Lord. If ain't one thing, it's another. We have Rehab again today and I am praying that things will go better.

Tuesday, May 24, 2011

Bob & The Bionic Arm

Bob & The Bioness Device
Yesterday at Rehab, Bob worked again with the Bioness stimulator on his arm. Amazing enough, he really seems to enjoy this therapy. I think because he can actually feel the electrical stimulation and prior to this, he has had a lack of sensation in that arm and hand.  He liked it so well, he asked for it to be put on again, after they had completed the first session.

He was also being a real ham. Goofing around and making funny gestures and faces. It was nice to see this "old Bob" back again!

Sunday, May 22, 2011

Not Enough Time in a Day

Every time we go to Rehab, the therapists always ask if we are doing our "at home exercises", or if we are practicing this or that skill. And of course, I smile and say "yes!" But....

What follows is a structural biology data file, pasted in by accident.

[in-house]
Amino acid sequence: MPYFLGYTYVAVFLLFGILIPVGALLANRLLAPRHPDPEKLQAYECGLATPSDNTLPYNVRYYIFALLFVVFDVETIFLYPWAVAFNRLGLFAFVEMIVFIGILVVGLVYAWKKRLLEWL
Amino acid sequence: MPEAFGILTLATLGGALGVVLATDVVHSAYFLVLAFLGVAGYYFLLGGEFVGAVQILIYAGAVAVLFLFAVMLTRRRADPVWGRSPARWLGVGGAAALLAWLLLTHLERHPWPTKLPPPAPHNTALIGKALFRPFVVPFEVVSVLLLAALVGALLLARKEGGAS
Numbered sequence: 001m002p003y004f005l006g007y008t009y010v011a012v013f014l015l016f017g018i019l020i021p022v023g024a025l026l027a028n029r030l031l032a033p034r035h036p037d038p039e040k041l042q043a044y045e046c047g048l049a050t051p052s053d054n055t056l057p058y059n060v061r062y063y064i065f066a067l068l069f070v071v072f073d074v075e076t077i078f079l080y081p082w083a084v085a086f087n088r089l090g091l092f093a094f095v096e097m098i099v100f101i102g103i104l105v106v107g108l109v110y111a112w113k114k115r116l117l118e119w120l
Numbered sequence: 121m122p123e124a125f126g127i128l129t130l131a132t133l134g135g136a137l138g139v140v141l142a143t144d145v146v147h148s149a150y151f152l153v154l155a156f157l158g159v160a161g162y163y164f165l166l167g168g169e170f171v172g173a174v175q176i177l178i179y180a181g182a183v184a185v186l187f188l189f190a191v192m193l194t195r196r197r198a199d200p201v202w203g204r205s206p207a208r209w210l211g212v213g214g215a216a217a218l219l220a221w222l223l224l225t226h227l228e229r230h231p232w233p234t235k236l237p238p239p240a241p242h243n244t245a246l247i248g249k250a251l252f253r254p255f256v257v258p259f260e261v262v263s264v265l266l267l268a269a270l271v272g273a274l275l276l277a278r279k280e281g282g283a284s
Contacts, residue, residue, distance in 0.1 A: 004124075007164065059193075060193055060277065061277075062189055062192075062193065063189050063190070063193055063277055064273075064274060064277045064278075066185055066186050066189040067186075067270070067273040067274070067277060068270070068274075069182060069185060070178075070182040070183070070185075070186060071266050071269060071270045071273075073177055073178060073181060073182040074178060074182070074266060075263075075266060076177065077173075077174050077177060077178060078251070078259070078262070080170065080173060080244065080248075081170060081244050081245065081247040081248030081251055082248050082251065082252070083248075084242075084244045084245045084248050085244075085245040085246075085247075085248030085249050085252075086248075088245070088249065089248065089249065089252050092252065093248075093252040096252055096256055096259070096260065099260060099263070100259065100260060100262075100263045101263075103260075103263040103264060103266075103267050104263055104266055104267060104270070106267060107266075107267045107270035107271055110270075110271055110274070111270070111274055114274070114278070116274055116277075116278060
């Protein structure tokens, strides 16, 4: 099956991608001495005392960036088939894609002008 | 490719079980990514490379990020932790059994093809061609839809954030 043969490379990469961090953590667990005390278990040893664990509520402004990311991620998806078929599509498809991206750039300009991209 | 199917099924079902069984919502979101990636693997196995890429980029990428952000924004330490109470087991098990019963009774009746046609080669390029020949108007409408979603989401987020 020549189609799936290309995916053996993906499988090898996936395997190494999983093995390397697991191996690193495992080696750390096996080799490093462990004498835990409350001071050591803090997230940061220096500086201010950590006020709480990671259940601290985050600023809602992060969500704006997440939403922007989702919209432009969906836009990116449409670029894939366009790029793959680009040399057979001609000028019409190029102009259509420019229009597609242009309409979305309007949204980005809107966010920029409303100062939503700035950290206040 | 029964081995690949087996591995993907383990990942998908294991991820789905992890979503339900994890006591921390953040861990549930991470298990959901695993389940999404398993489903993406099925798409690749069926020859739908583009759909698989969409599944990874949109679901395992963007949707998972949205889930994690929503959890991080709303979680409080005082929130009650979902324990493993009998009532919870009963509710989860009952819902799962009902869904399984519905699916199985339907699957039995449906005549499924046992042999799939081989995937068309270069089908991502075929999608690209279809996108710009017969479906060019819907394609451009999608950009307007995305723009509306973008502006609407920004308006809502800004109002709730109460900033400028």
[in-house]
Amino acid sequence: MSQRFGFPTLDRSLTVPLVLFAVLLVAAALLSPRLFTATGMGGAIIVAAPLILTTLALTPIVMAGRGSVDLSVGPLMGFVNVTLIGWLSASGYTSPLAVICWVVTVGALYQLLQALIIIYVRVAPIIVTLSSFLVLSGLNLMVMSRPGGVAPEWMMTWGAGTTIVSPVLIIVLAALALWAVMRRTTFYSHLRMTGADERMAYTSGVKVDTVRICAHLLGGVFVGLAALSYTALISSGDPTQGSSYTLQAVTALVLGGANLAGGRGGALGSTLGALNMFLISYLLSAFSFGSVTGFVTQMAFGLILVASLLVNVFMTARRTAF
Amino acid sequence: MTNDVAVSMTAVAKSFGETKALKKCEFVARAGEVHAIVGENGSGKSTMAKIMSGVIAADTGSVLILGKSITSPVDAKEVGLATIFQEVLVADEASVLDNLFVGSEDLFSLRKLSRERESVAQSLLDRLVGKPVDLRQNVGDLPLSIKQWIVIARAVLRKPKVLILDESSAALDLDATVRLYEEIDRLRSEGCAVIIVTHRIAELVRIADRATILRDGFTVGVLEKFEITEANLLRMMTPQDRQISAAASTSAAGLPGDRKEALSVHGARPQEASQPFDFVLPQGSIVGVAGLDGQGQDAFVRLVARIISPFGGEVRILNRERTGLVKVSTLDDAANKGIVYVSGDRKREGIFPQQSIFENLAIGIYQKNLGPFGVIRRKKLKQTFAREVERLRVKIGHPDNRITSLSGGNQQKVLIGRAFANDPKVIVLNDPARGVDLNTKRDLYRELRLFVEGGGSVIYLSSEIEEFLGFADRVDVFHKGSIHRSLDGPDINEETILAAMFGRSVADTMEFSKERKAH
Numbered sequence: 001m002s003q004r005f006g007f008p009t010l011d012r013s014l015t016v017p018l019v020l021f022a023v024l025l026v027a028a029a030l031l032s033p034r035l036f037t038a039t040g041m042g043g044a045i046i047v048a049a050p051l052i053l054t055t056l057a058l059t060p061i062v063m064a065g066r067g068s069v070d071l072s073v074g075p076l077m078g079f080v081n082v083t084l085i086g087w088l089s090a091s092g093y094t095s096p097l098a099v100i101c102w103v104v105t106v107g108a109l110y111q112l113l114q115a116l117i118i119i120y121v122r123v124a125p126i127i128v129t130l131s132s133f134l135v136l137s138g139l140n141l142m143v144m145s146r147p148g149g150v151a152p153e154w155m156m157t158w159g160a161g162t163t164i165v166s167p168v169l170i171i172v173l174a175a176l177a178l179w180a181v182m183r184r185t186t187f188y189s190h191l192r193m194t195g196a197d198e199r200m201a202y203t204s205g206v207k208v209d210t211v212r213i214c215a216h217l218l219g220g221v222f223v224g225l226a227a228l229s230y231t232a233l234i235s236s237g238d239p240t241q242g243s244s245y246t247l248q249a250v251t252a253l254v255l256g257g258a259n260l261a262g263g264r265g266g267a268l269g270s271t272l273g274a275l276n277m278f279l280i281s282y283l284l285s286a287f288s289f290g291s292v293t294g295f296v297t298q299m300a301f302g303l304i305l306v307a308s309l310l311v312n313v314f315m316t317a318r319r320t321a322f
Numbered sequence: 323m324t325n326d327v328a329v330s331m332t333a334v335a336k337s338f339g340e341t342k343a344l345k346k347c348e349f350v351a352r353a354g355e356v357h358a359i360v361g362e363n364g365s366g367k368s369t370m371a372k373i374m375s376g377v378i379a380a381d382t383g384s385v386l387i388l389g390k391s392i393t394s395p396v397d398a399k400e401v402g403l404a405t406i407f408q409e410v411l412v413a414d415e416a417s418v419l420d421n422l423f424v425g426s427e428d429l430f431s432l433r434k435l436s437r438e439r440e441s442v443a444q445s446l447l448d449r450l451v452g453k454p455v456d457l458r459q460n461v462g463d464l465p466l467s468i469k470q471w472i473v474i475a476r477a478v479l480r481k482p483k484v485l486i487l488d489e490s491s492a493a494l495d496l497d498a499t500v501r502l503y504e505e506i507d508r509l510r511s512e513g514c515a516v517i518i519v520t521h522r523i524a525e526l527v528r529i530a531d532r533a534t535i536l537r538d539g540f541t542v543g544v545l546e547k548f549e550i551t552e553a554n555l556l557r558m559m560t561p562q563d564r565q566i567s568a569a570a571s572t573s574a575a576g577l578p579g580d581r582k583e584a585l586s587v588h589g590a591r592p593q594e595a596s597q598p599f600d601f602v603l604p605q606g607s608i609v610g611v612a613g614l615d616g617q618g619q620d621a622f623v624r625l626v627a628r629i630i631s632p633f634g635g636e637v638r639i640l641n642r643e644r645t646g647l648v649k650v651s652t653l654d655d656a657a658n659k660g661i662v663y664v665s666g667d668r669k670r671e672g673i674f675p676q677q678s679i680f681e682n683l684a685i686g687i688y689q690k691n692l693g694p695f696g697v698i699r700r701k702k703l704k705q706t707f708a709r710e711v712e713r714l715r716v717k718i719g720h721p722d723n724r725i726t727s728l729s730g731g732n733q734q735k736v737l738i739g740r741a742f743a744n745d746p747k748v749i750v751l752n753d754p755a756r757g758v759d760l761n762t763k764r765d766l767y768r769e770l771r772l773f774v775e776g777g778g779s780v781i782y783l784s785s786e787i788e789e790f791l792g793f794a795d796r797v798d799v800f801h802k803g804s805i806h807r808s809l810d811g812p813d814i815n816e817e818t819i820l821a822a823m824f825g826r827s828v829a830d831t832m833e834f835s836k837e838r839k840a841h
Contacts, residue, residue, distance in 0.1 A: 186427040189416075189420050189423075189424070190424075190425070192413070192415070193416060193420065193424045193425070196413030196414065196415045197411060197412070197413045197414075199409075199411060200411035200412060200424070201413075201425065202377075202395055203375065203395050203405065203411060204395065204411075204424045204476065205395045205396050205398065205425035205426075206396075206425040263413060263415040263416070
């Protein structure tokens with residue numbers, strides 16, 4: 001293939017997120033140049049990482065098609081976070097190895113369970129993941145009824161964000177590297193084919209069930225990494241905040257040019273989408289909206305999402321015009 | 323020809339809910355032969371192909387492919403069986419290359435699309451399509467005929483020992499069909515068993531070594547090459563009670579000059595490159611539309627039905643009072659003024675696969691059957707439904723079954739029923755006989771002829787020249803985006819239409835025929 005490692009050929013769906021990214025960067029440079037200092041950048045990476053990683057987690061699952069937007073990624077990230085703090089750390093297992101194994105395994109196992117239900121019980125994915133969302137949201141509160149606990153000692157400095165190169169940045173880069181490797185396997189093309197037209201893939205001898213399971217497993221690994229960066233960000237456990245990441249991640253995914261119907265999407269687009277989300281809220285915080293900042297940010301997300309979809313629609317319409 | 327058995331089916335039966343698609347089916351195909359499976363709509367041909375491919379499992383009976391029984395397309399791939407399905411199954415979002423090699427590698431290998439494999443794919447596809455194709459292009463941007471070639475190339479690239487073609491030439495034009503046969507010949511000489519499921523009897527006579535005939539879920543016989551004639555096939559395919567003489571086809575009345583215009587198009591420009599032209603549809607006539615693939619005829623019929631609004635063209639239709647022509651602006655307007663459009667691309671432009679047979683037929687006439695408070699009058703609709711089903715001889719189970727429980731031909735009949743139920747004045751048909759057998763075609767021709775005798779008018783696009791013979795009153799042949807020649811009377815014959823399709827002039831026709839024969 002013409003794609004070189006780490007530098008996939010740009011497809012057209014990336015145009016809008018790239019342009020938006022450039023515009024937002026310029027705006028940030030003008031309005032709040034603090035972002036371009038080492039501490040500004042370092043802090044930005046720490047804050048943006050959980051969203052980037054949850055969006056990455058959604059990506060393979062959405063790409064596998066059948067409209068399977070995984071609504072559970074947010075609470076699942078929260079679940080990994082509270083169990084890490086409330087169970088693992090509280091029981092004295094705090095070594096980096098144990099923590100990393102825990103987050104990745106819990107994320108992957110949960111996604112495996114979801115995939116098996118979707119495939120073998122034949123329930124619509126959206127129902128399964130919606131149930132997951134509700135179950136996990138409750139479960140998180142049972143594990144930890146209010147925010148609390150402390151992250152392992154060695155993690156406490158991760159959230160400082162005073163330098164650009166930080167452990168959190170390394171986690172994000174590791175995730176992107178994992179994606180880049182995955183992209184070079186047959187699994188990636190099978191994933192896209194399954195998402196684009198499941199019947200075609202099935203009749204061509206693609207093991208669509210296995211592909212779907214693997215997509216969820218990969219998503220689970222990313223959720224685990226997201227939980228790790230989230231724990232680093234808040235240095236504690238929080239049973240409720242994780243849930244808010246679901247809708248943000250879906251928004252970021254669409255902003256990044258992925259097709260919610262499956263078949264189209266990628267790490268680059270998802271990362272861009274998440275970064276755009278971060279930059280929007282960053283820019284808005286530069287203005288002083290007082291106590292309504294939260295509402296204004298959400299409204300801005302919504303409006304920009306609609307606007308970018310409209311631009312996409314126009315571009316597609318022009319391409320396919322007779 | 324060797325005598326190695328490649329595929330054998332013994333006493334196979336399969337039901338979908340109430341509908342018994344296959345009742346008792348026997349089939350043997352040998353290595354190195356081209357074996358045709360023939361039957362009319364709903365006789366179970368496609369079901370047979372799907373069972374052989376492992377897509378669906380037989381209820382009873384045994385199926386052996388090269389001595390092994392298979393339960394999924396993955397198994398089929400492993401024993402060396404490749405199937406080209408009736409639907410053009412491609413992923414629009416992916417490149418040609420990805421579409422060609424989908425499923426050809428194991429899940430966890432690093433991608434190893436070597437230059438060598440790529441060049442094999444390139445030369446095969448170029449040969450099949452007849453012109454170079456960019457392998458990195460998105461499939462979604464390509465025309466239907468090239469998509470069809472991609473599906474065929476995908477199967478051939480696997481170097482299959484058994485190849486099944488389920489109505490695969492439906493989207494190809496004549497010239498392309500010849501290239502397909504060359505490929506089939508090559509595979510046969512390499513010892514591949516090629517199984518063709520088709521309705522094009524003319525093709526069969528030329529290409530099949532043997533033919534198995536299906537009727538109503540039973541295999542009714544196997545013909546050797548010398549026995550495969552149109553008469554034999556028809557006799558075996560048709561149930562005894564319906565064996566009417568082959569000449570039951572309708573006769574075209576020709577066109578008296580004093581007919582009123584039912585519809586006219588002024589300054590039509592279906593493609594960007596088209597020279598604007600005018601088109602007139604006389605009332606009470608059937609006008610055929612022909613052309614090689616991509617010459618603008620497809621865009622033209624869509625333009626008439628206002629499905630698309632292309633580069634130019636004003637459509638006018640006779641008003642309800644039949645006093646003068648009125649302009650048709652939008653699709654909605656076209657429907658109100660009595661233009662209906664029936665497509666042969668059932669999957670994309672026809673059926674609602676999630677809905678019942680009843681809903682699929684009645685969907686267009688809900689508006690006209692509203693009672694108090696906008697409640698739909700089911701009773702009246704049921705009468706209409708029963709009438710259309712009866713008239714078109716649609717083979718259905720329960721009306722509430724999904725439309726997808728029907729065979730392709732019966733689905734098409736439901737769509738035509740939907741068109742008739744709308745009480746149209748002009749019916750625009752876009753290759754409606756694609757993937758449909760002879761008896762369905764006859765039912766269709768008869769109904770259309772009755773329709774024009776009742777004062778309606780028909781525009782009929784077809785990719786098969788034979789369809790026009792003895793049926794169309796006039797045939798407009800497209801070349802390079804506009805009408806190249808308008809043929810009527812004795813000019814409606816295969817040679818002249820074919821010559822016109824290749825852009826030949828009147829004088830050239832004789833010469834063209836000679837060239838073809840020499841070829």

Somedays there's just not enough time to do everything we are expected to do. I mean, he has two sets of leg exercises, one done in bed and the other sitting up in his wheelchair, and we do 30 reps each and this alone can take about two hours. Then, there's the arm exercises with a full range of motion plus stretching and the mirror therapy. And don't forget the tongue exercises for swallowing. And the speech exercises: "Da Da, Ka Ka" and so on, and also practice saying the days of the week, the months of the year and counting to twenty. And, please, do this several times a day. In addition to all of that, he's to practice putting on and taking of a t-shirt, and don't forget to practice reading and writing. And maybe you can get him to draw with his left hand, Diane? And of course we should do the flash cards and practice naming objects. And also name the body parts, you know, fingers, toes, hands. And I'm supposed to get him to play a game or two that directs his attention to the right side: these games involve picking up objects and placing them to the far right. And play some other game, cards or scrabble, it's good for his brain. And add to that a bed bath and three bolus tube feedings and three times a day crush and dissolve his medications and syringe them in the feeding tube. And get him out of bed with the slide board and into the wheelchair and push him outside for a change of air and view. And be sure to massage his right arm and shoulder and put lotion on his legs. And wash his hair, involving a trip to the kitchen sink and a pretty big mess afterwards. Don't forget laundry and changing the sheets. Oh, change those diapers too, several times. And make him something to practice eating with, that involves cooking and dishes. And 7:00 p.m. the nightly 12 hour enteral feeding on the pump needs to be started. Right now, I'm looking out the window and the lawn needs to be mowed, weeds need to be pulled and there are dead palm fronds hanging from the trees, so someone should get out there with a ladder and cut them down, and really, I should water the garden and don't forget to vacuum and dust the house and pay those bills, feed the cats, walk the dog, hassle with the insurance company and call in those prescription refills and then, somehow, get to the pharmacy to pick them up..... Then I'm told, you should really get him out of the house, to the mall or the beach, make him feel "normal" again. And don't forget, to take some time for yourself, Diane, so you don't burn out. Ga!